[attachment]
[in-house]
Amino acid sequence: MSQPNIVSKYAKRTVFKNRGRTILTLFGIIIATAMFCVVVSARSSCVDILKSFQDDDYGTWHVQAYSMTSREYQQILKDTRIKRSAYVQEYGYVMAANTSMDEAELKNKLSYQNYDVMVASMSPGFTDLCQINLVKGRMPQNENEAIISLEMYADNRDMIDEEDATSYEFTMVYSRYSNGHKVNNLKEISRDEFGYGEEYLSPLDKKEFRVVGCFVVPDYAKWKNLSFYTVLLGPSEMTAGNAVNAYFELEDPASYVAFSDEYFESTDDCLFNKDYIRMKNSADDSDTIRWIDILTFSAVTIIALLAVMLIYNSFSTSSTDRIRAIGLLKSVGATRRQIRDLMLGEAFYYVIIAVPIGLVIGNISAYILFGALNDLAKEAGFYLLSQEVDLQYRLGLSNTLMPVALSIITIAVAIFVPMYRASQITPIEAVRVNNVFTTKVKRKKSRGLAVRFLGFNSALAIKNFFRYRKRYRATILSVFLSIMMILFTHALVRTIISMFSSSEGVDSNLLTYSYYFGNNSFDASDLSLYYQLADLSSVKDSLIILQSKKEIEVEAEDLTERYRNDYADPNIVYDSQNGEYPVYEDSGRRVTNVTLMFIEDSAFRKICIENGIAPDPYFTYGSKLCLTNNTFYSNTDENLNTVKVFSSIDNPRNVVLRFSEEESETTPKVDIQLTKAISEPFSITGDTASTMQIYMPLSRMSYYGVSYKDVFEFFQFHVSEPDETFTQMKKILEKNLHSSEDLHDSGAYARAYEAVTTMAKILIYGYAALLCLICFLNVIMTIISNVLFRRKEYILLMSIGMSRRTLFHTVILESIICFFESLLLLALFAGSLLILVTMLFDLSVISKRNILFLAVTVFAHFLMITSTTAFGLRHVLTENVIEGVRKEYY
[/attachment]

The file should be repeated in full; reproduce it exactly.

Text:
[in-house]
Amino acid sequence: MSQPNIVSKYAKRTVFKNRGRTILTLFGIIIATAMFCVVVSARSSCVDILKSFQDDDYGTWHVQAYSMTSREYQQILKDTRIKRSAYVQEYGYVMAANTSMDEAELKNKLSYQNYDVMVASMSPGFTDLCQINLVKGRMPQNENEAIISLEMYADNRDMIDEEDATSYEFTMVYSRYSNGHKVNNLKEISRDEFGYGEEYLSPLDKKEFRVVGCFVVPDYAKWKNLSFYTVLLGPSEMTAGNAVNAYFELEDPASYVAFSDEYFESTDDCLFNKDYIRMKNSADDSDTIRWIDILTFSAVTIIALLAVMLIYNSFSTSSTDRIRAIGLLKSVGATRRQIRDLMLGEAFYYVIIAVPIGLVIGNISAYILFGALNDLAKEAGFYLLSQEVDLQYRLGLSNTLMPVALSIITIAVAIFVPMYRASQITPIEAVRVNNVFTTKVKRKKSRGLAVRFLGFNSALAIKNFFRYRKRYRATILSVFLSIMMILFTHALVRTIISMFSSSEGVDSNLLTYSYYFGNNSFDASDLSLYYQLADLSSVKDSLIILQSKKEIEVEAEDLTERYRNDYADPNIVYDSQNGEYPVYEDSGRRVTNVTLMFIEDSAFRKICIENGIAPDPYFTYGSKLCLTNNTFYSNTDENLNTVKVFSSIDNPRNVVLRFSEEESETTPKVDIQLTKAISEPFSITGDTASTMQIYMPLSRMSYYGVSYKDVFEFFQFHVSEPDETFTQMKKILEKNLHSSEDLHDSGAYARAYEAVTTMAKILIYGYAALLCLICFLNVIMTIISNVLFRRKEYILLMSIGMSRRTLFHTVILESIICFFESLLLLALFAGSLLILVTMLFDLSVISKRNILFLAVTVFAHFLMITSTTAFGLRHVLTENVIEGVRKEYY